Hickstead heralds a new dawn

01 August 2017, at 12:00am

JOHN PERIAM meets the Bunn family, and others, who are helping to keep Hickstead at the forefront of the showjumping scene

IT WAS 57 YEARS AGO that the late Douglas Bunn, Master of Hickstead, held the first Derby meeting at his purpose-built international showjumping ground. 2017 heralded a new major sponsor for this event, Al Shira’aa Stables LCC, which is based in the heart of Abu Dhabi and was founded by Her Highness Sheikha Fatima Bint Hazza Bin Zayed Al Nahyan, whose company is dedicated to the support and promotion of all horses and equestrian sports. When Douglas founded Hickstead in 1960, he was then a British team member and chef d’equipe. At the time, he felt there was nothing in the UK to match other venues in Europe – putting British riders at a disadvantage. Hickstead was built to further the interests of international showjumping and within three years it hosted its first European Championship. What many people do not know is that in 1970, Douglas’ horse Beethoven, ridden by David Broome, won the World Championship at La Baule – to this day, he remains the only British horse to have achieved this. His son, Edward, explains: “In the old days, whichever country won the World Championship was invited to host the next one – in this case 1974. It was a natural progression for the Nations Cup to precede this, the first one being held in 1971.” This year, once again it will be held during the popular Longines Royal International Horse Show, which follows on just a month after the Al Shira’aa Hickstead Derby Meeting. 

A family concern

Hickstead is very much a family concern. Douglas encouraged his children to get involved and it clearly was the right move, with each of them ensuring that his dream lives on. Standing in the Hickstead commentary box with Lizzie and Edward, overlooking the International Arena, one can see the dedication Edward and his team have put into making this arena one of the world’s most popular and safest equestrian venues. “The sport is going through change and everyone at Hickstead is very much aware of this and see it as a fresh challenge,” says Lizzie. “It is now a multi-millionpound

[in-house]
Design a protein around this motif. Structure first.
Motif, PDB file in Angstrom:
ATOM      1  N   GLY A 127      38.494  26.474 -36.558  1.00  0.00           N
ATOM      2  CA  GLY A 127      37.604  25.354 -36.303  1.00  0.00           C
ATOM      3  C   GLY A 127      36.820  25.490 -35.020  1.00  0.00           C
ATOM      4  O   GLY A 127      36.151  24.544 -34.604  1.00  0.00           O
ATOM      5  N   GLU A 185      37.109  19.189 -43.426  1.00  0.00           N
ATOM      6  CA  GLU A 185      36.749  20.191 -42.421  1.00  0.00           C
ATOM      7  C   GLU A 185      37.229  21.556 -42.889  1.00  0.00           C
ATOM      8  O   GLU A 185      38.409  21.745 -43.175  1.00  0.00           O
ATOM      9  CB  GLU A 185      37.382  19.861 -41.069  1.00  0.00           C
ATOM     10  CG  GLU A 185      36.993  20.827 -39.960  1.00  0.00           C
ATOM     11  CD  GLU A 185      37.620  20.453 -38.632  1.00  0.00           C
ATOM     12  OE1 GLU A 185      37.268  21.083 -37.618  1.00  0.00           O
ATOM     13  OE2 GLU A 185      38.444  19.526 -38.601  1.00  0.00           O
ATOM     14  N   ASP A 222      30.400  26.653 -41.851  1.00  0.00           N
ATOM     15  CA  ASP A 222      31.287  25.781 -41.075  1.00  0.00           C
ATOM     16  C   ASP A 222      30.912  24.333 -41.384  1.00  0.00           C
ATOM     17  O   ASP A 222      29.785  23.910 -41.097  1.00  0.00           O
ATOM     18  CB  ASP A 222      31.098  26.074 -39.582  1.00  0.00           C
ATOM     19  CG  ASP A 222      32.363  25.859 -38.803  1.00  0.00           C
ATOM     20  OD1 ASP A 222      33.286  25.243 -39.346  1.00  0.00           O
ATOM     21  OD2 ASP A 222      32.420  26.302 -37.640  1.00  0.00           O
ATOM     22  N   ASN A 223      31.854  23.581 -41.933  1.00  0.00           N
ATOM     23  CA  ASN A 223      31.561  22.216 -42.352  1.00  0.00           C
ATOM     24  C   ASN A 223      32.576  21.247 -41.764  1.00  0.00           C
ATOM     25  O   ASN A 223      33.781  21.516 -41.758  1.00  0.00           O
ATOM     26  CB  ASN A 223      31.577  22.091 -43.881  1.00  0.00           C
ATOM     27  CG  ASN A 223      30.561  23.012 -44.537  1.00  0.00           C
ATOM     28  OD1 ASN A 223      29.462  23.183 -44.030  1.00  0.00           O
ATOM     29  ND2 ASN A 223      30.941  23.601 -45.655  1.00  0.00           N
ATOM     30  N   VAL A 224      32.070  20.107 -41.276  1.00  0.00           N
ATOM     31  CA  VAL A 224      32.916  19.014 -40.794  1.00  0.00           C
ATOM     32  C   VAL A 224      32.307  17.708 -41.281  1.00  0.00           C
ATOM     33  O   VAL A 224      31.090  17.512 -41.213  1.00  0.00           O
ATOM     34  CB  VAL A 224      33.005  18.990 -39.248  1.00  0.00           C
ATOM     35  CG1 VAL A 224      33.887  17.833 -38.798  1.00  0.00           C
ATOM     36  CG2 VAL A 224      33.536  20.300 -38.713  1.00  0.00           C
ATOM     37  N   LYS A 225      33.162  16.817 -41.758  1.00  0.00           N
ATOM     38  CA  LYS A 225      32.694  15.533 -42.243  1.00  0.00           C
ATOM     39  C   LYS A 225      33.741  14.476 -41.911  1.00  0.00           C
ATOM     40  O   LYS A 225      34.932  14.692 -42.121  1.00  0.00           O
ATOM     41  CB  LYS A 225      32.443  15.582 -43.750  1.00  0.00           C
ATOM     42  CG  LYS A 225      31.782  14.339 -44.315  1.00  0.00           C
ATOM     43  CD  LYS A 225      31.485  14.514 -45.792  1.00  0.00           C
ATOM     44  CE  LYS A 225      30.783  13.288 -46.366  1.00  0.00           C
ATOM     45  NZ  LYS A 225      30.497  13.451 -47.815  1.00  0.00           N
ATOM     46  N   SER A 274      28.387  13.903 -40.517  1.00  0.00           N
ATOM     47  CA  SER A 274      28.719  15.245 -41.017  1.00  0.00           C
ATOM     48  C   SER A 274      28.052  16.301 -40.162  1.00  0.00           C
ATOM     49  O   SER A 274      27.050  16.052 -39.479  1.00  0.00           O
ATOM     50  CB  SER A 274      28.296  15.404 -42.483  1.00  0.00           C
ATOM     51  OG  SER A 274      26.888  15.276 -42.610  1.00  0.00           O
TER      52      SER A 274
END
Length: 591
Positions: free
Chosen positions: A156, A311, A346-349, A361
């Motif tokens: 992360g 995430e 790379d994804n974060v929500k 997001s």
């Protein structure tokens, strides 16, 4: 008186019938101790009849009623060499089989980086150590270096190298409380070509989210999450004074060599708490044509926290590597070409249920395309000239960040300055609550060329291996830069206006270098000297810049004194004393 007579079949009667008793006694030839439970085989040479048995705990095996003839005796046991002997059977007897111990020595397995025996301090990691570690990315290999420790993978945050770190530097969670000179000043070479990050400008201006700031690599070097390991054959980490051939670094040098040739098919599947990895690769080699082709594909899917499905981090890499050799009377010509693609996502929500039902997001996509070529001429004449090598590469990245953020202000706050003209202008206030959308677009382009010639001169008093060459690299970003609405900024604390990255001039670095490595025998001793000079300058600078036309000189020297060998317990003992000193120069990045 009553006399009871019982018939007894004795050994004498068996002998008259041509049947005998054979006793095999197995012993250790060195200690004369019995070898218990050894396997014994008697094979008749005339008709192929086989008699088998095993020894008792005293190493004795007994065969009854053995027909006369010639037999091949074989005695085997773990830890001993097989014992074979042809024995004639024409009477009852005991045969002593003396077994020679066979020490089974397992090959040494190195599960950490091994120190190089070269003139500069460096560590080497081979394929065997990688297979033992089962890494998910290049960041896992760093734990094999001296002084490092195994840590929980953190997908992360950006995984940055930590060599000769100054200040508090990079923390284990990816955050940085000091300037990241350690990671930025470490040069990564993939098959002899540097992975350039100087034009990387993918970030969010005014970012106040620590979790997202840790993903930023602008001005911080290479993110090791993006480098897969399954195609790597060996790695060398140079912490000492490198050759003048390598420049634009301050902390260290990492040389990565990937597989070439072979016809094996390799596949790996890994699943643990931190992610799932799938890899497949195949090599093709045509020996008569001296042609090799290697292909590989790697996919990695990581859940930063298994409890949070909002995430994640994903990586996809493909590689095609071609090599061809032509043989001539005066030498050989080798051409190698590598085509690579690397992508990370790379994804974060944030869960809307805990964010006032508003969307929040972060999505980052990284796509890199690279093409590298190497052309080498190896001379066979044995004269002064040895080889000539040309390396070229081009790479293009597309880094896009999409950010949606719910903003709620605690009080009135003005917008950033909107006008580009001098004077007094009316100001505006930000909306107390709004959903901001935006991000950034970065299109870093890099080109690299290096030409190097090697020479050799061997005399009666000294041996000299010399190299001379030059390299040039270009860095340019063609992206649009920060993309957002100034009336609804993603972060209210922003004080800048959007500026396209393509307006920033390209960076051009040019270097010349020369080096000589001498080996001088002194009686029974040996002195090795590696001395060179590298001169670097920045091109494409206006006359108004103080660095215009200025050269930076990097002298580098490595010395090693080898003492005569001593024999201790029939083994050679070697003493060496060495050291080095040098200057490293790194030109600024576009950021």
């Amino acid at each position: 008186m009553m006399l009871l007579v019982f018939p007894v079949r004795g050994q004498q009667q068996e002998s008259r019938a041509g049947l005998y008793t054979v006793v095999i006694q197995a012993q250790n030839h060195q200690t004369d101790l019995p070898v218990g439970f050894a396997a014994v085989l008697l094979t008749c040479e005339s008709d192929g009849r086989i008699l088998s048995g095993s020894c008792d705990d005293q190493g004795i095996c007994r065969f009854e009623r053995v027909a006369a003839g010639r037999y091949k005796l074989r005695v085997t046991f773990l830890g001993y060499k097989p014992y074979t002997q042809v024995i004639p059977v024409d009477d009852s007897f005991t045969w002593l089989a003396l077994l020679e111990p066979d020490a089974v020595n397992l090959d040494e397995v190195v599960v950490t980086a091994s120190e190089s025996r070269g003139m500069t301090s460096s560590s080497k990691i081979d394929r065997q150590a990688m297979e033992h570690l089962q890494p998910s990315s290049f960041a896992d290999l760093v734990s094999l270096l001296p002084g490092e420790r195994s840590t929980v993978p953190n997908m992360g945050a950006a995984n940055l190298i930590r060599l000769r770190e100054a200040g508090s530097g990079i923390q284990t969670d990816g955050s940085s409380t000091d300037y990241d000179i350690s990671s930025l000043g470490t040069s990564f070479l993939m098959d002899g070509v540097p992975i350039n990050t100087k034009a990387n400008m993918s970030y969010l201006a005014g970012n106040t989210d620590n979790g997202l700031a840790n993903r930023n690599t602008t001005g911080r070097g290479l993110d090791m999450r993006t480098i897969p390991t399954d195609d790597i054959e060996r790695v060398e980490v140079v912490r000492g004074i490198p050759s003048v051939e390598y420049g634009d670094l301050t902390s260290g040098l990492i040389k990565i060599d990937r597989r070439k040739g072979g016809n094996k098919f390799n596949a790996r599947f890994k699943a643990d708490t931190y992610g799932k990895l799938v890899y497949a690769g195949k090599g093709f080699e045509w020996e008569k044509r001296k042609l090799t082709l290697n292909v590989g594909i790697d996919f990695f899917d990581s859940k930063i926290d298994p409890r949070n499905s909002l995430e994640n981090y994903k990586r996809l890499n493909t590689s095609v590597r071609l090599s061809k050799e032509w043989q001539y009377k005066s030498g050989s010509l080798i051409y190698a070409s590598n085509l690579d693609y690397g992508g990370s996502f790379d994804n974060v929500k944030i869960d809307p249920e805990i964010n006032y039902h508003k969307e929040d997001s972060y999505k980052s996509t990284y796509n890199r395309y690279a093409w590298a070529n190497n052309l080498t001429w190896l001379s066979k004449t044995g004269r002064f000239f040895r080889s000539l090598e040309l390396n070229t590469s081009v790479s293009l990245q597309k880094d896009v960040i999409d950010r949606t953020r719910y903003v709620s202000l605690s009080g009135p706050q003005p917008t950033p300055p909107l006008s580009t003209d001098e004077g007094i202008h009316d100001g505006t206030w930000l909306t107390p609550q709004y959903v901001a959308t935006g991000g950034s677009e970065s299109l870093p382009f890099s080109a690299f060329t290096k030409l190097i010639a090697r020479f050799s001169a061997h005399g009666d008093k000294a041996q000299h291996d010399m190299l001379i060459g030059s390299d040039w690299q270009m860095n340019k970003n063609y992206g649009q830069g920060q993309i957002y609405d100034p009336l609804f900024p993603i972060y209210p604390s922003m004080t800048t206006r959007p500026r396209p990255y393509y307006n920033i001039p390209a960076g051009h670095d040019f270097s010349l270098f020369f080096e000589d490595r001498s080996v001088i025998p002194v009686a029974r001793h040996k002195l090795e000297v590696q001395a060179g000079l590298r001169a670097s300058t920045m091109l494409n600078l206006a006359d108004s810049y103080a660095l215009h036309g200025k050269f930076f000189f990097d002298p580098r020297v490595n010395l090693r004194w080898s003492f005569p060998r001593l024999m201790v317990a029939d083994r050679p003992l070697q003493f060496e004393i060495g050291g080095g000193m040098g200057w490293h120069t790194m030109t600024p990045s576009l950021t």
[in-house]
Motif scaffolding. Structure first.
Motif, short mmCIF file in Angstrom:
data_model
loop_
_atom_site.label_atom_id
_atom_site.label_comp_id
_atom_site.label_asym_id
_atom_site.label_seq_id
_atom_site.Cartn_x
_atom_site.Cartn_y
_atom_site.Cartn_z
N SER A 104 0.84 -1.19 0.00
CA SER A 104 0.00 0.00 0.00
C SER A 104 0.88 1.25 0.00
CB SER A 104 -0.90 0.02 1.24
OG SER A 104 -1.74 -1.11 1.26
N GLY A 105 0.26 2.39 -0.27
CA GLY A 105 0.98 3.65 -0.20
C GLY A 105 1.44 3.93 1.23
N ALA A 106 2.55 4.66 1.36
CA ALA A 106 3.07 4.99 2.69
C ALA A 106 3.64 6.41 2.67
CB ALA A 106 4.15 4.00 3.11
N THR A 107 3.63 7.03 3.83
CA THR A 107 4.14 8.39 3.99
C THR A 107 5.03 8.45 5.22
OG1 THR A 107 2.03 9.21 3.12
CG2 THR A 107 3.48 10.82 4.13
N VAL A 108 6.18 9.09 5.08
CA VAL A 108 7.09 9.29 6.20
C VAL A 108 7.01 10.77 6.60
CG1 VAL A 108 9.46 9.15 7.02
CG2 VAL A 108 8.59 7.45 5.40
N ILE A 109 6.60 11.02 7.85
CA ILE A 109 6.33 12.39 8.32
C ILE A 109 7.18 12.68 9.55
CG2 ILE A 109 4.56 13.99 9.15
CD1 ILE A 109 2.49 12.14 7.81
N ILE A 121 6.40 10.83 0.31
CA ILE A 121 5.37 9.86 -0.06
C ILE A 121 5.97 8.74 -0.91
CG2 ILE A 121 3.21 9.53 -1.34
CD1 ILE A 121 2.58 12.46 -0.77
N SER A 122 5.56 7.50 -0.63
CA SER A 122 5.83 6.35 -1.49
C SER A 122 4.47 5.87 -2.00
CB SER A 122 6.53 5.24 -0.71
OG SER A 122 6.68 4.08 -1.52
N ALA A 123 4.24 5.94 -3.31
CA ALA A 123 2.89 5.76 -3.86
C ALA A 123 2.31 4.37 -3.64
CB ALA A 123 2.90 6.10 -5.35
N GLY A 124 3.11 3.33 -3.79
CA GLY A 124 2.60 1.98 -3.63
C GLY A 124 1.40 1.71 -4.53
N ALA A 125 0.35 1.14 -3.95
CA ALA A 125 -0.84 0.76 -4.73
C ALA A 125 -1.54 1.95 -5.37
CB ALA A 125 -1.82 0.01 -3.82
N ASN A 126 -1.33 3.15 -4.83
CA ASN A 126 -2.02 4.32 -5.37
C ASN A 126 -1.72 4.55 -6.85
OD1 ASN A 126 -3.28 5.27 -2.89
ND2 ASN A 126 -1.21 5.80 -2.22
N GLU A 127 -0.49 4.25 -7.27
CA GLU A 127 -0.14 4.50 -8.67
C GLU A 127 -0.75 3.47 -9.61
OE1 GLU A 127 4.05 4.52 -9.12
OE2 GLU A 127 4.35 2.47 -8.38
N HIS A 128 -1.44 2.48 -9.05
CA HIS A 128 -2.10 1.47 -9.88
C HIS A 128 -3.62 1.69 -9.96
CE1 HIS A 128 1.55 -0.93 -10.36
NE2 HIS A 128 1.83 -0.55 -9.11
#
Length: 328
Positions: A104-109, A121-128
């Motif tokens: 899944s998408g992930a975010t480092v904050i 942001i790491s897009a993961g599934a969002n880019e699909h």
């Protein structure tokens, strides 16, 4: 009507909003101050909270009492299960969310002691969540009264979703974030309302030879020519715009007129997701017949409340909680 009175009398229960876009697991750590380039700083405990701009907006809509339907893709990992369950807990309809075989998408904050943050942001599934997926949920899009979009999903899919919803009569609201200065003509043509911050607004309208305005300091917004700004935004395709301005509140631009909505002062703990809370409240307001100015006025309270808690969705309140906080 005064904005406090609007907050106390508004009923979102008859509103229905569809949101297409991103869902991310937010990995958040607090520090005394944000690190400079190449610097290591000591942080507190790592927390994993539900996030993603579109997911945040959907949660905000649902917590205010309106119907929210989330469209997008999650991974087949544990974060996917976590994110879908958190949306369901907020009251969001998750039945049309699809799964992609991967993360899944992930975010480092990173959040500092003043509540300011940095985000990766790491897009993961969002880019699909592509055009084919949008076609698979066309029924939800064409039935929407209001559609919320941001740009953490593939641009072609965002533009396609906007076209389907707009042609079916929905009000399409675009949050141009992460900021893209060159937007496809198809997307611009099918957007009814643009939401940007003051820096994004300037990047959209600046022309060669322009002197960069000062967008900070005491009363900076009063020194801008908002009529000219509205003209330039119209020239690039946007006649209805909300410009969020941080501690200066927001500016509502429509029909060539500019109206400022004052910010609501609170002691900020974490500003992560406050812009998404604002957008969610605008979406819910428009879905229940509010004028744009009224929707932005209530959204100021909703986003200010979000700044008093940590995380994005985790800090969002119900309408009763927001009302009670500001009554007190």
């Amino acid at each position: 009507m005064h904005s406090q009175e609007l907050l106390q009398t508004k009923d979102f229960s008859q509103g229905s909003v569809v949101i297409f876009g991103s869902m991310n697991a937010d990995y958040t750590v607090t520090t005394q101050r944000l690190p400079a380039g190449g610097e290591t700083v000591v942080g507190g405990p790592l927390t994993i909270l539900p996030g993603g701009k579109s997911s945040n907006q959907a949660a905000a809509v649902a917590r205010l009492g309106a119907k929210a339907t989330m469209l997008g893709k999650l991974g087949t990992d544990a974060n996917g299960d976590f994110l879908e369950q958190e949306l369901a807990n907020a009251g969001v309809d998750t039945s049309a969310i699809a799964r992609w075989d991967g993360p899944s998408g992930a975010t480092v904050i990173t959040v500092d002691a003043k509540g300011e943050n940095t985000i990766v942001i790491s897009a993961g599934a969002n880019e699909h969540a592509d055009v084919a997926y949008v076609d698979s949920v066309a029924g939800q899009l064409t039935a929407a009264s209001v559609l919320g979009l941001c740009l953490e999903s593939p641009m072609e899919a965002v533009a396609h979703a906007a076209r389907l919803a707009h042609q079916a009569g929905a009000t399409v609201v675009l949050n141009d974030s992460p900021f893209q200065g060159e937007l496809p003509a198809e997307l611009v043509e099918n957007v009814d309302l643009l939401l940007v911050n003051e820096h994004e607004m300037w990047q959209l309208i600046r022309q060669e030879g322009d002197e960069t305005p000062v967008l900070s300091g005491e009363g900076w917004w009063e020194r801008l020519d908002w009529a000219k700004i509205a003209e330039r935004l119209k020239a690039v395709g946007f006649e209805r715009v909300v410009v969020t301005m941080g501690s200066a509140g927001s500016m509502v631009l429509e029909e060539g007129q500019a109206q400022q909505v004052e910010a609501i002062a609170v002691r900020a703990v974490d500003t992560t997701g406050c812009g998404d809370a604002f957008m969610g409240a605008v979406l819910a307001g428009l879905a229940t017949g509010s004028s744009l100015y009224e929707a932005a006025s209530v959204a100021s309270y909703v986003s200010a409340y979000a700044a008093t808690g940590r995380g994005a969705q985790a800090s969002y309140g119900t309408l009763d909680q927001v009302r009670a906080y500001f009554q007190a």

industry, and showjumping horses’ values have increased enormously. To encourage the top riders to Hickstead, we have to continually invest in the facilities, not least the International Arena.” This is where Edward comes in. “In the past, when the weather was fine, the footing in the arena was  perfect, but when it was wet it turned into a quagmire,” he says. “So we consulted the experts and invested in a new state-of-the-art surface. We put in extra drainage and added a gravel raft and 2,900 tonnes of sand. What we have now achieved is an all-weather surface of grass which is recognised
as perhaps the best showjumping arena in the world.” Hickstead and Olympic
course designer Bob Ellis volunteers a dose of high praise: “Edward is a  fantastic groundsman, as you can see by looking at the International Arena – we all wish we could get our lawns looking like this!” What surprised me when researching this feature is the number of horses that attend the shows. The RIHS has a total influx of more than 3,500 horses during the six days –